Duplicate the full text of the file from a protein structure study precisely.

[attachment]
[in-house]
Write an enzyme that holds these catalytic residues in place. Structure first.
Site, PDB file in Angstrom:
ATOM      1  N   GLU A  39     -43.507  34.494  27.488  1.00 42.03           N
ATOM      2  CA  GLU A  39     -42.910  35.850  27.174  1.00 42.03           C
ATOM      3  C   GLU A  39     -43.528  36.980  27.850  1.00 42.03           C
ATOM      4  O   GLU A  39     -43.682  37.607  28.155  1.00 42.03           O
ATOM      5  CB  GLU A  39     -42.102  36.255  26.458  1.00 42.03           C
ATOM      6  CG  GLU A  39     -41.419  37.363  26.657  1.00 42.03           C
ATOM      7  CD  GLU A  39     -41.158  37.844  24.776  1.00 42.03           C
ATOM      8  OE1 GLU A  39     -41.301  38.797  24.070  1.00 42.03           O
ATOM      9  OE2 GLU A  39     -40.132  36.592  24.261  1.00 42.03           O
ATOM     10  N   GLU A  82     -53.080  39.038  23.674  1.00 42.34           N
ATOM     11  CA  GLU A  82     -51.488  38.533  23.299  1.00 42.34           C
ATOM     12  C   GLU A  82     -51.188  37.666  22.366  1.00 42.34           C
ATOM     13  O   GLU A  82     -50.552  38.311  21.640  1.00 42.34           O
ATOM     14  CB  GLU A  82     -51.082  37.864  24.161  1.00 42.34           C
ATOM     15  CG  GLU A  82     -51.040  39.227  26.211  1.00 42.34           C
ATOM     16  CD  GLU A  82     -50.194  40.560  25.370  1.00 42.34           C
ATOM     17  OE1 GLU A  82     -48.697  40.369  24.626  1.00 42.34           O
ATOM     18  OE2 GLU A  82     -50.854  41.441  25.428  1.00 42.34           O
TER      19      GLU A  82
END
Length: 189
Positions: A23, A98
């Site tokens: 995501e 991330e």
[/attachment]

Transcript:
[in-house]
Write an enzyme that holds these catalytic residues in place. Structure first.
Site, PDB file in Angstrom:
ATOM      1  N   GLU A  39     -43.507  34.494  27.488  1.00 42.03           N
ATOM      2  CA  GLU A  39     -42.910  35.850  27.174  1.00 42.03           C
ATOM      3  C   GLU A  39     -43.528  36.980  27.850  1.00 42.03           C
ATOM      4  O   GLU A  39     -43.682  37.607  28.155  1.00 42.03           O
ATOM      5  CB  GLU A  39     -42.102  36.255  26.458  1.00 42.03           C
ATOM      6  CG  GLU A  39     -41.419  37.363  26.657  1.00 42.03           C
ATOM      7  CD  GLU A  39     -41.158  37.844  24.776  1.00 42.03           C
ATOM      8  OE1 GLU A  39     -41.301  38.797  24.070  1.00 42.03           O
ATOM      9  OE2 GLU A  39     -40.132  36.592  24.261  1.00 42.03           O
ATOM     10  N   GLU A  82     -53.080  39.038  23.674  1.00 42.34           N
ATOM     11  CA  GLU A  82     -51.488  38.533  23.299  1.00 42.34           C
ATOM     12  C   GLU A  82     -51.188  37.666  22.366  1.00 42.34           C
ATOM     13  O   GLU A  82     -50.552  38.311  21.640  1.00 42.34           O
ATOM     14  CB  GLU A  82     -51.082  37.864  24.161  1.00 42.34           C
ATOM     15  CG  GLU A  82     -51.040  39.227  26.211  1.00 42.34           C
ATOM     16  CD  GLU A  82     -50.194  40.560  25.370  1.00 42.34           C
ATOM     17  OE1 GLU A  82     -48.697  40.369  24.626  1.00 42.34           O
ATOM     18  OE2 GLU A  82     -50.854  41.441  25.428  1.00 42.34           O
TER      19      GLU A  82
END
Length: 189
Positions: A23, A98
């Site tokens: 995501e 991330e």